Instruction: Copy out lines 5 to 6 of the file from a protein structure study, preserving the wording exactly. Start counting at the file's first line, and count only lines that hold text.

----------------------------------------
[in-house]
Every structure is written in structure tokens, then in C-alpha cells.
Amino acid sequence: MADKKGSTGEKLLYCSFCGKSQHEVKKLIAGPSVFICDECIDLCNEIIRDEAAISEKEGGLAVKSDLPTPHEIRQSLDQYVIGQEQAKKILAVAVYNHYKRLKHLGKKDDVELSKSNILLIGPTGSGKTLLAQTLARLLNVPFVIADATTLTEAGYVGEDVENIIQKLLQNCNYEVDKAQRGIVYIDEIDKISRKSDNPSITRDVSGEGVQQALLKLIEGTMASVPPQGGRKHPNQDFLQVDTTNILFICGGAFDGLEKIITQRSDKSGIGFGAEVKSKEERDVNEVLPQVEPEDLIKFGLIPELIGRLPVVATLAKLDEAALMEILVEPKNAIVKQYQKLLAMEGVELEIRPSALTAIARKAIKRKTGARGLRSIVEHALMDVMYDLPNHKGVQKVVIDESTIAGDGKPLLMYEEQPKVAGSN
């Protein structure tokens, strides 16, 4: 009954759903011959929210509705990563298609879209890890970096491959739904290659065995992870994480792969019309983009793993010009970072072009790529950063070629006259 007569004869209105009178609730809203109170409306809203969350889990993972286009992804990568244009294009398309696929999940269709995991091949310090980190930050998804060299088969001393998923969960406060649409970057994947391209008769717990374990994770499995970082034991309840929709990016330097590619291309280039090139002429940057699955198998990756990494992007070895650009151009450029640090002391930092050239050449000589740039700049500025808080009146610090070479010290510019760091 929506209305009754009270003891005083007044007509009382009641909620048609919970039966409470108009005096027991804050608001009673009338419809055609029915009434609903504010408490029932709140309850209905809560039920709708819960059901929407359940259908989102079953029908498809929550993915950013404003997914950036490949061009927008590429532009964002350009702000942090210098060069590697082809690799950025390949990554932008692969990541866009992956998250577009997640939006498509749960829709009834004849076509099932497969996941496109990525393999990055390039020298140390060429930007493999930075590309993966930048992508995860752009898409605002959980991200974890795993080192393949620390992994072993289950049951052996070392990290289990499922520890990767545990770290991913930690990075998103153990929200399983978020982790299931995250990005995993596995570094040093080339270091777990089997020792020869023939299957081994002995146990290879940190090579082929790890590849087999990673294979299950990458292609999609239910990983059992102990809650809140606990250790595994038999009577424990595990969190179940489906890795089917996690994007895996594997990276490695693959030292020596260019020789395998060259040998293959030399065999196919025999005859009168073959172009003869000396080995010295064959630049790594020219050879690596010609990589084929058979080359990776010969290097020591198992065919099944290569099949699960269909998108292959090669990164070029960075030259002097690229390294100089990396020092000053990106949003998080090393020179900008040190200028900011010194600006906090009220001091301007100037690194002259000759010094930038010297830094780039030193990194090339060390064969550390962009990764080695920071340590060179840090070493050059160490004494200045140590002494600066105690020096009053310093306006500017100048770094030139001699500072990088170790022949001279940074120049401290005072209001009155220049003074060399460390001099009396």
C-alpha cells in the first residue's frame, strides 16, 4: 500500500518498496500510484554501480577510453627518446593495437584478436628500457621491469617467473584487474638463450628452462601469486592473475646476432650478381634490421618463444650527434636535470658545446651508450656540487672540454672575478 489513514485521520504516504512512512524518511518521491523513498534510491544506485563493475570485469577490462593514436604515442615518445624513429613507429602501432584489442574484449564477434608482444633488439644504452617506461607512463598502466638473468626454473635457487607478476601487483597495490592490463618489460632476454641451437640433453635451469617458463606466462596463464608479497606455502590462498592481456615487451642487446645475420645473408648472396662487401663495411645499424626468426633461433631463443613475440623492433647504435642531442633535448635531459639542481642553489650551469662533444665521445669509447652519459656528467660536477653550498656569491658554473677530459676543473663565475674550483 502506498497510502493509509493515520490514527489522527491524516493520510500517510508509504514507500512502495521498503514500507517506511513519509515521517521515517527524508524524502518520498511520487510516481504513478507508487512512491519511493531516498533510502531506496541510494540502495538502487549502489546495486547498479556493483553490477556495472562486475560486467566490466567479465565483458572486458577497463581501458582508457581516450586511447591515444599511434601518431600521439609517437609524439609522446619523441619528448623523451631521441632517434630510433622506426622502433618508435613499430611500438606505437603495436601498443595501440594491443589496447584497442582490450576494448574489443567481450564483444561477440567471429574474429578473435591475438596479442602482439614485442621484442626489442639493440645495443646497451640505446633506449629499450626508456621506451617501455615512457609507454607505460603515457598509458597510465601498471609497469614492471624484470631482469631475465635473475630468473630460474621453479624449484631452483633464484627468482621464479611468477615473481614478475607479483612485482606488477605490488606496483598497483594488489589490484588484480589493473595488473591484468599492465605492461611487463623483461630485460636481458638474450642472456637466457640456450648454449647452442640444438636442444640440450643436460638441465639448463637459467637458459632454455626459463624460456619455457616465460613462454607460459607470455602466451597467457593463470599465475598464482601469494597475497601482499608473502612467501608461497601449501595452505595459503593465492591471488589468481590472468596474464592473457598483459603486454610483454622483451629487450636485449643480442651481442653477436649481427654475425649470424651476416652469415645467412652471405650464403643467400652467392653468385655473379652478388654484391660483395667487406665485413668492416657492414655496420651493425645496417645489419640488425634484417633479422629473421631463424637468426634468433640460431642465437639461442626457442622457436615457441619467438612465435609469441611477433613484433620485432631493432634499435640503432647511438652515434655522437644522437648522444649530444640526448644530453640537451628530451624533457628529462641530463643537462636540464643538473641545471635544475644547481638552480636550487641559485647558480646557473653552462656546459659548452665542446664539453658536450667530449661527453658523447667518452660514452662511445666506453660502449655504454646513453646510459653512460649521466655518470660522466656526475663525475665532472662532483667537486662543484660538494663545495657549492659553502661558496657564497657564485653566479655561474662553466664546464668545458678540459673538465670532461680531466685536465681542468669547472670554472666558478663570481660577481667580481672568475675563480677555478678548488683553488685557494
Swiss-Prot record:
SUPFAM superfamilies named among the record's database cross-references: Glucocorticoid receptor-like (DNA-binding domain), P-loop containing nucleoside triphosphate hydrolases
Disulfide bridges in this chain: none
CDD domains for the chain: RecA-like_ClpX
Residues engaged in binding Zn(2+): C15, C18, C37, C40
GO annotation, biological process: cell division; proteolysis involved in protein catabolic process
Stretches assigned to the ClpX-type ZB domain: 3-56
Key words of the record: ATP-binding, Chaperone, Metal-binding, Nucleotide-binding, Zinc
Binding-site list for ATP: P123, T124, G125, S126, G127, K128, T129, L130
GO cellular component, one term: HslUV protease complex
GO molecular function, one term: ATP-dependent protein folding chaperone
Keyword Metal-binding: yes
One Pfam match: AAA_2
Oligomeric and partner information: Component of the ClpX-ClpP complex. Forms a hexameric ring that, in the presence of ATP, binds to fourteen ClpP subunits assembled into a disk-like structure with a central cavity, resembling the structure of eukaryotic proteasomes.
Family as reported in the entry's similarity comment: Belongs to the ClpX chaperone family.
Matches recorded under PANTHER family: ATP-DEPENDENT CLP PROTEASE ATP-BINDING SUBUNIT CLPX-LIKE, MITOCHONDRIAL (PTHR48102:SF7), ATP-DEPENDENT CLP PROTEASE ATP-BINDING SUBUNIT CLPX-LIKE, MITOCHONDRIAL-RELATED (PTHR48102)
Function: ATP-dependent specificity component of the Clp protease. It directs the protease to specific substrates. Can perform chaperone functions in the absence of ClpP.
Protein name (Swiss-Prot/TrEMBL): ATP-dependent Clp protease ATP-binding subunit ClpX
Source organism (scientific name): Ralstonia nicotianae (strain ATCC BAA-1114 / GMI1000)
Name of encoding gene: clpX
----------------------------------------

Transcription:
C-alpha cells in the first residue's frame, strides 16, 4: 500500500518498496500510484554501480577510453627518446593495437584478436628500457621491469617467473584487474638463450628452462601469486592473475646476432650478381634490421618463444650527434636535470658545446651508450656540487672540454672575478 489513514485521520504516504512512512524518511518521491523513498534510491544506485563493475570485469577490462593514436604515442615518445624513429613507429602501432584489442574484449564477434608482444633488439644504452617506461607512463598502466638473468626454473635457487607478476601487483597495490592490463618489460632476454641451437640433453635451469617458463606466462596463464608479497606455502590462498592481456615487451642487446645475420645473408648472396662487401663495411645499424626468426633461433631463443613475440623492433647504435642531442633535448635531459639542481642553489650551469662533444665521445669509447652519459656528467660536477653550498656569491658554473677530459676543473663565475674550483 502506498497510502493509509493515520490514527489522527491524516493520510500517510508509504514507500512502495521498503514500507517506511513519509515521517521515517527524508524524502518520498511520487510516481504513478507508487512512491519511493531516498533510502531506496541510494540502495538502487549502489546495486547498479556493483553490477556495472562486475560486467566490466567479465565483458572486458577497463581501458582508457581516450586511447591515444599511434601518431600521439609517437609524439609522446619523441619528448623523451631521441632517434630510433622506426622502433618508435613499430611500438606505437603495436601498443595501440594491443589496447584497442582490450576494448574489443567481450564483444561477440567471429574474429578473435591475438596479442602482439614485442621484442626489442639493440645495443646497451640505446633506449629499450626508456621506451617501455615512457609507454607505460603515457598509458597510465601498471609497469614492471624484470631482469631475465635473475630468473630460474621453479624449484631452483633464484627468482621464479611468477615473481614478475607479483612485482606488477605490488606496483598497483594488489589490484588484480589493473595488473591484468599492465605492461611487463623483461630485460636481458638474450642472456637466457640456450648454449647452442640444438636442444640440450643436460638441465639448463637459467637458459632454455626459463624460456619455457616465460613462454607460459607470455602466451597467457593463470599465475598464482601469494597475497601482499608473502612467501608461497601449501595452505595459503593465492591471488589468481590472468596474464592473457598483459603486454610483454622483451629487450636485449643480442651481442653477436649481427654475425649470424651476416652469415645467412652471405650464403643467400652467392653468385655473379652478388654484391660483395667487406665485413668492416657492414655496420651493425645496417645489419640488425634484417633479422629473421631463424637468426634468433640460431642465437639461442626457442622457436615457441619467438612465435609469441611477433613484433620485432631493432634499435640503432647511438652515434655522437644522437648522444649530444640526448644530453640537451628530451624533457628529462641530463643537462636540464643538473641545471635544475644547481638552480636550487641559485647558480646557473653552462656546459659548452665542446664539453658536450667530449661527453658523447667518452660514452662511445666506453660502449655504454646513453646510459653512460649521466655518470660522466656526475663525475665532472662532483667537486662543484660538494663545495657549492659553502661558496657564497657564485653566479655561474662553466664546464668545458678540459673538465670532461680531466685536465681542468669547472670554472666558478663570481660577481667580481672568475675563480677555478678548488683553488685557494
Swiss-Prot record: